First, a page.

Being a natural food used for many generations, turmeric and curcumin are much safer than aspirin and are well-tolerated by the human body even in high doses of 8g per day. Unlike aspirin, they also do not pose a risk of severe adverse effects. 
Thus turmeric is better than aspirin both because of its safety and efficacy.
3. Turmeric may alleviate side effects of Aspirin
Due to its gastroprotective effects, turmeric could protect the stomach and intestinal linings from mucosal damage by aspirin and prevent ulcer formation. 
4. Turmeric benefits in other health conditions as well
There are many NSAIDs, but what makes aspirin distinct is its additional anti-platelet effect.
Apart from this, it has also been found beneficial in cancer treatment, particularly in colorectal cancer.
Now, individuals who are taking aspirin for these benefits should know that even turmeric has antiplatelet and anti-cancer properties.
There are numerous studies which state that turmeric, with its anti-thrombotic effect, could prevent cardiovascular disorders.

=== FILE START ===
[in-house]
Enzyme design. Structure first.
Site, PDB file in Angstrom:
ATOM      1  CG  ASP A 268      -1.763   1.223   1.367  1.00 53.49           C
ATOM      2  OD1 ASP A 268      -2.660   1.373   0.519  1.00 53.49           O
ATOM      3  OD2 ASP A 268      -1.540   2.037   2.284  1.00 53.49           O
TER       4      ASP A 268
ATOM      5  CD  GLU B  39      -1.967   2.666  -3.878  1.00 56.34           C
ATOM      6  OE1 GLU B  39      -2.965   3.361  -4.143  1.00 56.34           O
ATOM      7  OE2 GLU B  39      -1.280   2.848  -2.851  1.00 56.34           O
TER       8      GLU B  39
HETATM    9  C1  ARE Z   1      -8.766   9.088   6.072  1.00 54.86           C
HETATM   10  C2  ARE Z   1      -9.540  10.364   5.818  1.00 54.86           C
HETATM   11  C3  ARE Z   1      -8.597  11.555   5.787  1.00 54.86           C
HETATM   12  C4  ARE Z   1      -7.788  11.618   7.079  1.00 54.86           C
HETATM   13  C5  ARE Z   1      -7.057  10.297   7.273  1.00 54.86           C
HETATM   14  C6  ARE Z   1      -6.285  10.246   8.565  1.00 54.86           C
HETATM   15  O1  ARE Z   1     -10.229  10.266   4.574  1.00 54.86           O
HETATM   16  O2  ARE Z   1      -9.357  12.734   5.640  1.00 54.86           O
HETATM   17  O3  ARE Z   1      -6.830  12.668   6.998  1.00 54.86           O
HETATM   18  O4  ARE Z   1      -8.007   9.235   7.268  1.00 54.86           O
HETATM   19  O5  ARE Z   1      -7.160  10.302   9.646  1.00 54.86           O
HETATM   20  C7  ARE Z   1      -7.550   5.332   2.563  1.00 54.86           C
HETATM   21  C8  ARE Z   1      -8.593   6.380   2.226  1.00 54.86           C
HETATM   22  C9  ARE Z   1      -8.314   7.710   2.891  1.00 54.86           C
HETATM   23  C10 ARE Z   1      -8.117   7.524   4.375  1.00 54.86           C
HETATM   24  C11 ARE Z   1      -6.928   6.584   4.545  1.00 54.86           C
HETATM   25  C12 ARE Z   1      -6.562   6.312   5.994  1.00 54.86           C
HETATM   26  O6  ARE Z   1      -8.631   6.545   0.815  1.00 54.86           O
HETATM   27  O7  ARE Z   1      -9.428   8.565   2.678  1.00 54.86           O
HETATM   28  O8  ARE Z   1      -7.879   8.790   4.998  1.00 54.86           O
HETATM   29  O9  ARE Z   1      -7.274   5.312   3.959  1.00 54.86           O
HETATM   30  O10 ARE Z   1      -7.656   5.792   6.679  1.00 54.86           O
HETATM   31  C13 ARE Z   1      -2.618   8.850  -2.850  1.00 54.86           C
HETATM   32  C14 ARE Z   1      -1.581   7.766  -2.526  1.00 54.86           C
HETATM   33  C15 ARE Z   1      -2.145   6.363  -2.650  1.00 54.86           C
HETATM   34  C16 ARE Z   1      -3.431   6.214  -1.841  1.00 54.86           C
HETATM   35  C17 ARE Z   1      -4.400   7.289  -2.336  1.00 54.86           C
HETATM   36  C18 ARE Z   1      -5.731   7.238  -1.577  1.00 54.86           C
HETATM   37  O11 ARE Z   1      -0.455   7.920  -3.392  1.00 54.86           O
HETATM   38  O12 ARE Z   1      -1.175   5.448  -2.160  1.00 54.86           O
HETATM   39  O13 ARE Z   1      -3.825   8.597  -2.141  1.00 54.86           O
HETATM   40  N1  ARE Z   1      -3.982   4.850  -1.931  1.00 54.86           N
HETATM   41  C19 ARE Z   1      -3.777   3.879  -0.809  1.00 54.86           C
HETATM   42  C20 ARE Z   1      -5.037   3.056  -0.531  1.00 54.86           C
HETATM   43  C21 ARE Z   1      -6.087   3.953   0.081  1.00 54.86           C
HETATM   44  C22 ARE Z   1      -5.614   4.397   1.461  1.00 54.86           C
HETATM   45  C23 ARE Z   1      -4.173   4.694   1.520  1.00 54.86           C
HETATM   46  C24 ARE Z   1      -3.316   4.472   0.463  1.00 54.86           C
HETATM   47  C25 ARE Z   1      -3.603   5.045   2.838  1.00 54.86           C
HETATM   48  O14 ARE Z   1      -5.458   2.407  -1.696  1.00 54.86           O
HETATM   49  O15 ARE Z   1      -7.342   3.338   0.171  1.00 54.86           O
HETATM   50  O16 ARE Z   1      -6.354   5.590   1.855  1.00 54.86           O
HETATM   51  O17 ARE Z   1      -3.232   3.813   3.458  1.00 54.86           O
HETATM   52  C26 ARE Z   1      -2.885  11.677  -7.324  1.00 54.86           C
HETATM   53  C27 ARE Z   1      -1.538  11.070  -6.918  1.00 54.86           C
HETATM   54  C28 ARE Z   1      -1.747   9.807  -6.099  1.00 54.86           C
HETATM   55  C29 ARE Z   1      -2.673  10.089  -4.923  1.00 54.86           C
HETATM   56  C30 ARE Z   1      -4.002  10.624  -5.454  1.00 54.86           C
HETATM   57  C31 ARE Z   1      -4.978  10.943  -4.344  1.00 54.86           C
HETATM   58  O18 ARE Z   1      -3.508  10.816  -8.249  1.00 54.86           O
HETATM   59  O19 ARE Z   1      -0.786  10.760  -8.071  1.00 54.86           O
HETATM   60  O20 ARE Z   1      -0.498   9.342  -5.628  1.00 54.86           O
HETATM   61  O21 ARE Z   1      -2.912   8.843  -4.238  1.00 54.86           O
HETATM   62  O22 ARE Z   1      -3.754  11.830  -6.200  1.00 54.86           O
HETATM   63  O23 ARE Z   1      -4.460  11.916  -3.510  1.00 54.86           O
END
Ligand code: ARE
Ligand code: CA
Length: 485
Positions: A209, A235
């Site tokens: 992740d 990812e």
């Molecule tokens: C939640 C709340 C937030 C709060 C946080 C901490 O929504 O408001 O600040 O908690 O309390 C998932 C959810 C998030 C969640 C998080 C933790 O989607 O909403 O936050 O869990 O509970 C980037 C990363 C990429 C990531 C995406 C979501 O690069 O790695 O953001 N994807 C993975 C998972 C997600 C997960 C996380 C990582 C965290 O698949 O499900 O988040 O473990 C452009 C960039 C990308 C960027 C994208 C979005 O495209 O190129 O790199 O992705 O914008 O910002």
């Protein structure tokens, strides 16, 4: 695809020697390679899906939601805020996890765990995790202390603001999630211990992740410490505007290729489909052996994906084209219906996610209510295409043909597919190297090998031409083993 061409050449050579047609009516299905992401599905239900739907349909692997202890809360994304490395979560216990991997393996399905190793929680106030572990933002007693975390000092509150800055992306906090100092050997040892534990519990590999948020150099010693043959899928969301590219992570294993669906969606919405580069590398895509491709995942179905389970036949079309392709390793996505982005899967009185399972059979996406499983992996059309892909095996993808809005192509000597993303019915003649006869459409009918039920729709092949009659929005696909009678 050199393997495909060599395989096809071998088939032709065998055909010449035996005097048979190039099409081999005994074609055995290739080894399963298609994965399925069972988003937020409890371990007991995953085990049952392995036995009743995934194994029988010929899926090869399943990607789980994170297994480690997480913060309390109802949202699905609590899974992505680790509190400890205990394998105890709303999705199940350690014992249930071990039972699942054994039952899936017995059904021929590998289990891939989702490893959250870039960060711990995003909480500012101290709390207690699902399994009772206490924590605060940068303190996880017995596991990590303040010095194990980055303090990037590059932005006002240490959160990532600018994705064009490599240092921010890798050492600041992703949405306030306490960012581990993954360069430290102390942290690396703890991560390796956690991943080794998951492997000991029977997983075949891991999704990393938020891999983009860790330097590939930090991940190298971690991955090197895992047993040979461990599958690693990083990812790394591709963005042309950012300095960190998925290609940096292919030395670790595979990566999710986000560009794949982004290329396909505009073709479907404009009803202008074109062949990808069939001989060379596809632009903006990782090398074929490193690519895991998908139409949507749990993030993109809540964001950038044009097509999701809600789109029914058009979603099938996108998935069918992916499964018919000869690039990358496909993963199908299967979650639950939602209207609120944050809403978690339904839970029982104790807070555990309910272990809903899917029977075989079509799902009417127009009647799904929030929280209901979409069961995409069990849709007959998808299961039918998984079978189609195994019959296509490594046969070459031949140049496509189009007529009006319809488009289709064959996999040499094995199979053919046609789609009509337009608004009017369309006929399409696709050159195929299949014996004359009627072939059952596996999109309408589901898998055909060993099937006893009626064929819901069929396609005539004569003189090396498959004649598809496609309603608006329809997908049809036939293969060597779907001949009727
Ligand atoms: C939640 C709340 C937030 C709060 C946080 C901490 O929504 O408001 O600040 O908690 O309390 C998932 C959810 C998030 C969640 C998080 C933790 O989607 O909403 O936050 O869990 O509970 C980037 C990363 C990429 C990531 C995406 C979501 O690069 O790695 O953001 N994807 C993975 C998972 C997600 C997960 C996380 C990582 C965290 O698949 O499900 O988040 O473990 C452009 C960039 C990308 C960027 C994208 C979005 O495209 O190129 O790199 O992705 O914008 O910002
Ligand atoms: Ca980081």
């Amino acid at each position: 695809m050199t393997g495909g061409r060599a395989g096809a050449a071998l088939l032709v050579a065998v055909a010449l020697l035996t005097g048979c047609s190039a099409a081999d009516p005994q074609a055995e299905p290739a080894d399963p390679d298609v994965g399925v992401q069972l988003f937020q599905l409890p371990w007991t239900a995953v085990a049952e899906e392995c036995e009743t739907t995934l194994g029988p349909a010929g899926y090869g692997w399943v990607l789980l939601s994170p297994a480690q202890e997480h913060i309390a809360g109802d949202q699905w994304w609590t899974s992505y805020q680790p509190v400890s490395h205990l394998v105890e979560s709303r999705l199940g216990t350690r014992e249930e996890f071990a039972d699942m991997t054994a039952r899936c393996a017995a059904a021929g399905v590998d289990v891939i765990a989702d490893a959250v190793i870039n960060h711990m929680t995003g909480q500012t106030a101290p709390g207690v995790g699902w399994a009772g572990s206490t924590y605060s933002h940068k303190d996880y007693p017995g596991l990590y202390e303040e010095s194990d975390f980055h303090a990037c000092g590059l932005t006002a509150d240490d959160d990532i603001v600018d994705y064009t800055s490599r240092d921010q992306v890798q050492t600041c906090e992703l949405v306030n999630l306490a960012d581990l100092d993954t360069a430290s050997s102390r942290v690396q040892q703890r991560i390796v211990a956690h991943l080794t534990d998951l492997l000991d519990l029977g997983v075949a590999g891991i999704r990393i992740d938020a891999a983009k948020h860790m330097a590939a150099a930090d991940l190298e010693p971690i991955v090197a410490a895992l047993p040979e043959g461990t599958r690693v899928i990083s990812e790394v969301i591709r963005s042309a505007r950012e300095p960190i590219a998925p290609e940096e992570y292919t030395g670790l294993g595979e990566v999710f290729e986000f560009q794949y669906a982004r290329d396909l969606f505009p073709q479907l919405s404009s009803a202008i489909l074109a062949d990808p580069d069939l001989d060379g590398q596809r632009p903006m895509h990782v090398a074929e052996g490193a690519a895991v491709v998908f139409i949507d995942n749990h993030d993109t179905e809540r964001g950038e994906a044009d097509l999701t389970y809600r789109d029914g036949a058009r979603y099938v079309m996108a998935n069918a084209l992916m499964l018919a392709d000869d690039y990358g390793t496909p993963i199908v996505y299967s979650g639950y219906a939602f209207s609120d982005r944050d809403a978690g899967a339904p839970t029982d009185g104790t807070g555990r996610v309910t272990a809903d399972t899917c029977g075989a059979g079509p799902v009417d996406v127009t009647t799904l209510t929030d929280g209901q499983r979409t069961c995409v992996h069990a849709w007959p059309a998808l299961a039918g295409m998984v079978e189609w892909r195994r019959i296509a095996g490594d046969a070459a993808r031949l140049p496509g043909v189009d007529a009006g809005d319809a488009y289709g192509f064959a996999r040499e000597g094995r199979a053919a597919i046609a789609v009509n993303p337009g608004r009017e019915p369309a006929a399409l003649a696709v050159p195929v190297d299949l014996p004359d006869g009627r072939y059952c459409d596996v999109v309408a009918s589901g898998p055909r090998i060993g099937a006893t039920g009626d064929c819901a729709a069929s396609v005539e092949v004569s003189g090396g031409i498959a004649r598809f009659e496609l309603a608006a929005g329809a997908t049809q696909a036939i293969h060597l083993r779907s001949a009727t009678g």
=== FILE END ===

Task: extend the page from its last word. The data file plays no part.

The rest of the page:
It also suppresses tumour growth and progression and kills cancerous cells. 
Thus, the possibility of its use with aspirin in treating many health conditions cannot be ignored.
Concerns: Turmeric Interaction with Aspirin
There are hardly any human studies or clinical trials which could prove any adverse effects of taking aspirin with turmeric.
However, preliminary studies have pointed out the possibility of interaction between aspirin and turmeric. Let us know more about it.
Turmeric with Aspirin could elevate some side effects
Journal of Clinical Pharmacy and Therapeutics reports a study which states that NSAIDs, particular aspirin, can interact with other agents having an anti-platelet activity, like turmeric. Together, they could enhance the risk of bleeding due to their anti-coagulation effects. 
Black pepper is often used with turmeric to increase its bioavailability.
However, another study conducted on 25 healthy volunteers stated that natural herbal supplements like turmeric, when taken together with aspirin, do not further inhibit the platelet aggravation or increase the bleeding risk.